Wednesday, January 2, 2013

OUG Norway April 2013 - New Year’s News

I received an email at 23:24 on the 1st January from the OUG in Norway telling me that I’ve had two presentations accepted for the Annual OUG Norway seminar event. This will be on during the 17th-19th April.

The first day of this event (17th April) will be held in a hotel in Oslo. Then on the morning of 18th April we board the Color Magic cruise for the next two days of the conference. The ferry/cruise will go from Oslo to Kiel in Germany and then back again to Oslo, returning around 10am on Saturday 20th April.

I will be giving two presentations on the Oracle Advanced Analytics Option. The first presentation, ‘Using Predictive Analytics in Oracle’, will give an overview of the Oracle Advanced Analytics Option and will then focus on the Oracle Data Miner work-flow tool. This will presentation will include a live demo of using Oracle Data Miner to create some data mining models.

The second presentation, ‘How to Deploy and Use your Oracle Data Miner Models in Production’, builds on the examples given in the first presentation and will show how you can migrate, user and update your Oracle Data Miner models using the features available in SQL and PL/SQL. Again a demo will be given.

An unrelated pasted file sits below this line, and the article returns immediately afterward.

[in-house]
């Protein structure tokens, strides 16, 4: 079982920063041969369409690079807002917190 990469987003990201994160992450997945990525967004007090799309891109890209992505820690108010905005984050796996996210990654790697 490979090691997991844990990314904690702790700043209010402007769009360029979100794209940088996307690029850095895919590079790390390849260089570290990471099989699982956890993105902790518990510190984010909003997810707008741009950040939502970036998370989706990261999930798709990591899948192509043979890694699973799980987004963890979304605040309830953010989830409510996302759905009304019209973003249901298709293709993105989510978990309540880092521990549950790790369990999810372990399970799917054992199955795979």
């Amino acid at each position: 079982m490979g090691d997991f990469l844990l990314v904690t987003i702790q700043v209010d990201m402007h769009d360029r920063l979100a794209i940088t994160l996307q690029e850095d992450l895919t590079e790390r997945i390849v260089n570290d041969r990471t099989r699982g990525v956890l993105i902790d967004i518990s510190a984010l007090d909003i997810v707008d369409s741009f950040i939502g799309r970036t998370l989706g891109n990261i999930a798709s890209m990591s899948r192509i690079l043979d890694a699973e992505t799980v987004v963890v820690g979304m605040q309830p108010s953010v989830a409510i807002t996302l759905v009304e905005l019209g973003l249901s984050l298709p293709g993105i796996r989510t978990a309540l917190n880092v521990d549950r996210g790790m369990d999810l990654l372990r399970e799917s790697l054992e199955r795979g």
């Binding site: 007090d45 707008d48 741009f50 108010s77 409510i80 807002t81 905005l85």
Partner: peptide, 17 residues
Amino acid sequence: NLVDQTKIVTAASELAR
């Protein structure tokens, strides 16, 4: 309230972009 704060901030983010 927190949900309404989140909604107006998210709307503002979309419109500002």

Thursday, December 20, 2012

Articles wanted for Oracle Scene–Spring 2013

The Call for Articles is now open for the Spring edition of Oracle Scene magazine. This is a publication of the UKOUG.

We are looking for technical articles covering all product offerings from Oracle. 

Typically articles will range from 3 pages to 8 pages (MS Word format). These will convert into 2 to 5 page articles in Oracle Scene.

Check out the Article Formatting Guidelines before submitting.
All pictures and images should be 300dpi.
Include a 100(max) word Bio and your photo
Email your article and images to

articles@ukoug.org.uk
For more details about submitting an article, check out
http://www.ukoug.org/what-we-offer/oracle-scene/article-submissions/

Wednesday, December 19, 2012

Association Rules in ODM-Part 4

This is a the final part of a four part blog post on building and using Association Rules in the Oracle Database using Oracle Data Miner. The following outlines the contents of each post in the series on Association Rules

  1. This first part will focus on how to building an Association Rule model